Seasonal agricultural workers from Jamaica are complaining about inhuman working conditions on Canadian farms.
The complaints outlined in a letter sent to Jamaica’s minister of labour and social security by farm workers in Ontario’s Niagara region came at a time when several migrant workers have died on the job.
As reported by several news outlets, the letter are complaining about what they describe as “systematic slavery,” in a program in which they need more support from both the Canadian and Jamaican governments.
The letter outlines a litany of worrisome conditions faced by workers who are in Canada under the Seasonal Agricultural Worker Program (SAWP.)
“We are treated like mules and punished for not working fast enough. We are exposed to dangerous pesticides without proper protection, and our bosses are verbally abusive, swearing at us. They physically intimidate us, destroy our personal property, and threaten to send us home”
Not long after the letter was released, news circulated about the death of 57-year-old Garvin Yapp, of St. James, Jamaica who reportedly died in an accident on a tobacco harvester on August 21 at Berlo’s Best Farm in Norfolk County, Ontario.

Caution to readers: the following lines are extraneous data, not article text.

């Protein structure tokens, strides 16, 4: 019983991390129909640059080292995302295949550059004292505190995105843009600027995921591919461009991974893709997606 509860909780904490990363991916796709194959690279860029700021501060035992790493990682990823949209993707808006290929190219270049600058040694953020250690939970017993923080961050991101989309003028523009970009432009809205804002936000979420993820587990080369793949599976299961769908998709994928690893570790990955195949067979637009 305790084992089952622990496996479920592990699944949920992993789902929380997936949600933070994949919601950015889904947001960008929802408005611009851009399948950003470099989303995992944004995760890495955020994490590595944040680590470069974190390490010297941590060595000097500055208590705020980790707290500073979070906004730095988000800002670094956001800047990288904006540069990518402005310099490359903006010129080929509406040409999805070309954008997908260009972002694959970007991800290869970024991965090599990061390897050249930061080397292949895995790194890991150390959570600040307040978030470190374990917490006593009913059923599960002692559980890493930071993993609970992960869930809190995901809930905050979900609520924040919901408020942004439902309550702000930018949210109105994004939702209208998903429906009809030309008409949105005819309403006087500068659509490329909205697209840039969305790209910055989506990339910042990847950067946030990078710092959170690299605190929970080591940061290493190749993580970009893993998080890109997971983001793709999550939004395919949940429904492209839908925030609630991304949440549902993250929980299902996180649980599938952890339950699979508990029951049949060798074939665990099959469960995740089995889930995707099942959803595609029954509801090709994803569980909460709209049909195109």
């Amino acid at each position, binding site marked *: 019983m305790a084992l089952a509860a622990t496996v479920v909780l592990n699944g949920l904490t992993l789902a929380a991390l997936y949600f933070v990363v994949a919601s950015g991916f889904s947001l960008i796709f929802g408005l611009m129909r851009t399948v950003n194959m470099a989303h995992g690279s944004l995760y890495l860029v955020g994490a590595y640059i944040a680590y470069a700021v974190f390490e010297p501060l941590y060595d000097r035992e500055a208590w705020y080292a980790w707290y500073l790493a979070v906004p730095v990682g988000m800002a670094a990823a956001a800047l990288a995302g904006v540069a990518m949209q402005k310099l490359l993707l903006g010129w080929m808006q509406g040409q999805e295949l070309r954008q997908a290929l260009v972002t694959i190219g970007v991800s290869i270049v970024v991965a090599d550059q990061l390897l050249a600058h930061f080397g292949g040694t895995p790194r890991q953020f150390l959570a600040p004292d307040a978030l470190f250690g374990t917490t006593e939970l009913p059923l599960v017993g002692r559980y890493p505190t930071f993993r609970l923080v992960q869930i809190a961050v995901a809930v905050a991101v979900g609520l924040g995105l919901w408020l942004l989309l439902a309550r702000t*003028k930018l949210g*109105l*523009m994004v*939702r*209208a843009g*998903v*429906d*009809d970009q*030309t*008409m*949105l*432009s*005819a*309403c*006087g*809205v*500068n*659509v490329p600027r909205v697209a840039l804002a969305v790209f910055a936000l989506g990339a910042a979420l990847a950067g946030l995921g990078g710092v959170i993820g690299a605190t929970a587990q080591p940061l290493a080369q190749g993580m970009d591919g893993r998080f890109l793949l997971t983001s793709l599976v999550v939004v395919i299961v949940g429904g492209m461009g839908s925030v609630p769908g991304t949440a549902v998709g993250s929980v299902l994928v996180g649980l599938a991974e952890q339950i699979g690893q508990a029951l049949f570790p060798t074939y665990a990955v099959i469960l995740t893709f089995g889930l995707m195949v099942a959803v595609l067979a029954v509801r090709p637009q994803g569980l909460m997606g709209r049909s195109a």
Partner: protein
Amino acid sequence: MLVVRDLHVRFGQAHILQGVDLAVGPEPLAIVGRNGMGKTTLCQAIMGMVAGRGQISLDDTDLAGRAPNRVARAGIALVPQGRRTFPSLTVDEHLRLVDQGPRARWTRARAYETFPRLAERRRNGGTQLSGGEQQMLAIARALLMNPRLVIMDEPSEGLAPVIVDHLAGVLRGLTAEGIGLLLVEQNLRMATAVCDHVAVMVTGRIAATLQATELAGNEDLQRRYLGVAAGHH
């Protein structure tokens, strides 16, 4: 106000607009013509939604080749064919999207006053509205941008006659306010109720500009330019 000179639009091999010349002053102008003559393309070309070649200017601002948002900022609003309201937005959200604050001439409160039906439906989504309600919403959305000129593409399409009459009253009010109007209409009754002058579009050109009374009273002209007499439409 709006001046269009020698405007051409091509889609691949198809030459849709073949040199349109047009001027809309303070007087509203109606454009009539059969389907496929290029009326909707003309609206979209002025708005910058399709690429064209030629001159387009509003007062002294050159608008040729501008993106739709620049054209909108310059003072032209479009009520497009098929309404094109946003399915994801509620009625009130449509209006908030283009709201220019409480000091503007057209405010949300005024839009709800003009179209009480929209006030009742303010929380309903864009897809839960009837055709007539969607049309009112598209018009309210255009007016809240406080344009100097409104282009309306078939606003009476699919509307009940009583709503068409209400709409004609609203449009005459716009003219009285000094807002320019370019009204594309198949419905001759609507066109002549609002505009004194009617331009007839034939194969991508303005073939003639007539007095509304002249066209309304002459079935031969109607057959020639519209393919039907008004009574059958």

In response the Jamaican Ministry of Labour expressed “deep sadness” and said Minister Karl Samuda will be visiting farms in Canada that employ Jamaican workers.
Every year close to 60,000 workers come from developing countries on temporary permits to work mostly on farms planting and harvesting fruits and vegetables and in meat processing plants.
Many of the workers are affiliated with the Migrant Workers Alliance for Change (MWAC), a human rights group that have been calling for change to the system for years.
According to statements from MWAC workers under the program are tied to their employers and unable to work anyone else in Canada and in effect forced to accept conditions of extreme abuse.
MWAC is calling on the Canadian government to grant permanent residency to all foreign and undocumented workers to help them better assert their rights.
Despite pressure from advocacy groups such MWAC, the Canadian government has been slow in responding to the lingering problems coming out of the vulnerabilities faced by temporary foreign workers.
Canada’s Minister of Employment Carla Qualtrough has been quoted stating that, “the mistreatment or abuse of temporary foreign workers is unacceptable.”
And added that efforts are being made to improve the program and “ensure workers are protected.”